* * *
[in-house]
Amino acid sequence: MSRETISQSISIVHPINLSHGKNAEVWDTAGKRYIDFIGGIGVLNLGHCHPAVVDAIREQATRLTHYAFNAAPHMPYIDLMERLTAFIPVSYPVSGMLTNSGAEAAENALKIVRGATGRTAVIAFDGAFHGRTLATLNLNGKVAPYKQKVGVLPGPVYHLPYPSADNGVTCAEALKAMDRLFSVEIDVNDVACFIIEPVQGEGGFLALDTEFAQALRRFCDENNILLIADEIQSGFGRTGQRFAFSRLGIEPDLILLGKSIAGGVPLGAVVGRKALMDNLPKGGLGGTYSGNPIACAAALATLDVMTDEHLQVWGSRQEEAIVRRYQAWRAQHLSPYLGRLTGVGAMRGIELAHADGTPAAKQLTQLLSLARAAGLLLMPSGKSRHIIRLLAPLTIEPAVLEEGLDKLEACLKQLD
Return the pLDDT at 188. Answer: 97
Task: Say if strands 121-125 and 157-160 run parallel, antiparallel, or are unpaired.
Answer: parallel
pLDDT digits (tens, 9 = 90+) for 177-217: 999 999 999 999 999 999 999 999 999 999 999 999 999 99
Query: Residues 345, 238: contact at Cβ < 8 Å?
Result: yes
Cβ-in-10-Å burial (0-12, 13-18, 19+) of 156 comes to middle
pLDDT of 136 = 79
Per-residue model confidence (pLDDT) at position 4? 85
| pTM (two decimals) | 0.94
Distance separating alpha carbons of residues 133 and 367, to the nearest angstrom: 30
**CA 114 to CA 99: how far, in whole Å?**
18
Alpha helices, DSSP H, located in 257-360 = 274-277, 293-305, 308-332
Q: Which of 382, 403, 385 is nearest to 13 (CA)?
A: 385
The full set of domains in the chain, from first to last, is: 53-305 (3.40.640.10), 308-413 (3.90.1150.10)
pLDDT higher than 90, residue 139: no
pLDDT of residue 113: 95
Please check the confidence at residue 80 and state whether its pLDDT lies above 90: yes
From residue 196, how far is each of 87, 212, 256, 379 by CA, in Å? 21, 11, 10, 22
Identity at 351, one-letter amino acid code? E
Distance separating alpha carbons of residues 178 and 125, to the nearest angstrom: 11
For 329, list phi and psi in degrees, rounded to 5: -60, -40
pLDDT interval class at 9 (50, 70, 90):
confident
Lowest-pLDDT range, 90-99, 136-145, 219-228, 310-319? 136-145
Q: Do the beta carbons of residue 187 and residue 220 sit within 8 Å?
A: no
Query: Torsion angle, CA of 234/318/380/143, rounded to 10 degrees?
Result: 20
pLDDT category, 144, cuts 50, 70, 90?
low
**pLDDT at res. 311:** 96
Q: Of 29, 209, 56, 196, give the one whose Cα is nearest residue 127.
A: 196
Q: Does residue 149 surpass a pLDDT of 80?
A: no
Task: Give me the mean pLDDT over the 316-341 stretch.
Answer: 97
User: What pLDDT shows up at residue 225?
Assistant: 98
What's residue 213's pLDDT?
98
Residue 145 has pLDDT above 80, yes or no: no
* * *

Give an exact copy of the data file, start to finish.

[in-house]
Amino acid sequence: MSRETISQSISIVHPINLSHGKNAEVWDTAGKRYIDFIGGIGVLNLGHCHPAVVDAIREQATRLTHYAFNAAPHMPYIDLMERLTAFIPVSYPVSGMLTNSGAEAAENALKIVRGATGRTAVIAFDGAFHGRTLATLNLNGKVAPYKQKVGVLPGPVYHLPYPSADNGVTCAEALKAMDRLFSVEIDVNDVACFIIEPVQGEGGFLALDTEFAQALRRFCDENNILLIADEIQSGFGRTGQRFAFSRLGIEPDLILLGKSIAGGVPLGAVVGRKALMDNLPKGGLGGTYSGNPIACAAALATLDVMTDEHLQVWGSRQEEAIVRRYQAWRAQHLSPYLGRLTGVGAMRGIELAHADGTPAAKQLTQLLSLARAAGLLLMPSGKSRHIIRLLAPLTIEPAVLEEGLDKLEACLKQLD
Return the pLDDT at 188. Answer: 97
Task: Say if strands 121-125 and 157-160 run parallel, antiparallel, or are unpaired.
Answer: parallel
pLDDT digits (tens, 9 = 90+) for 177-217: 999 999 999 999 999 999 999 999 999 999 999 999 999 99
Query: Residues 345, 238: contact at Cβ < 8 Å?
Result: yes
Cβ-in-10-Å burial (0-12, 13-18, 19+) of 156 comes to middle
pLDDT of 136 = 79
Per-residue model confidence (pLDDT) at position 4? 85
| pTM (two decimals) | 0.94
Distance separating alpha carbons of residues 133 and 367, to the nearest angstrom: 30
**CA 114 to CA 99: how far, in whole Å?**
18
Alpha helices, DSSP H, located in 257-360 = 274-277, 293-305, 308-332
Q: Which of 382, 403, 385 is nearest to 13 (CA)?
A: 385
The full set of domains in the chain, from first to last, is: 53-305 (3.40.640.10), 308-413 (3.90.1150.10)
pLDDT higher than 90, residue 139: no
pLDDT of residue 113: 95
Please check the confidence at residue 80 and state whether its pLDDT lies above 90: yes
From residue 196, how far is each of 87, 212, 256, 379 by CA, in Å? 21, 11, 10, 22
Identity at 351, one-letter amino acid code? E
Distance separating alpha carbons of residues 178 and 125, to the nearest angstrom: 11
For 329, list phi and psi in degrees, rounded to 5: -60, -40
pLDDT interval class at 9 (50, 70, 90):
confident
Lowest-pLDDT range, 90-99, 136-145, 219-228, 310-319? 136-145
Q: Do the beta carbons of residue 187 and residue 220 sit within 8 Å?
A: no
Query: Torsion angle, CA of 234/318/380/143, rounded to 10 degrees?
Result: 20
pLDDT category, 144, cuts 50, 70, 90?
low
**pLDDT at res. 311:** 96
Q: Of 29, 209, 56, 196, give the one whose Cα is nearest residue 127.
A: 196
Q: Does residue 149 surpass a pLDDT of 80?
A: no
Task: Give me the mean pLDDT over the 316-341 stretch.
Answer: 97
User: What pLDDT shows up at residue 225?
Assistant: 98
What's residue 213's pLDDT?
98
Residue 145 has pLDDT above 80, yes or no: no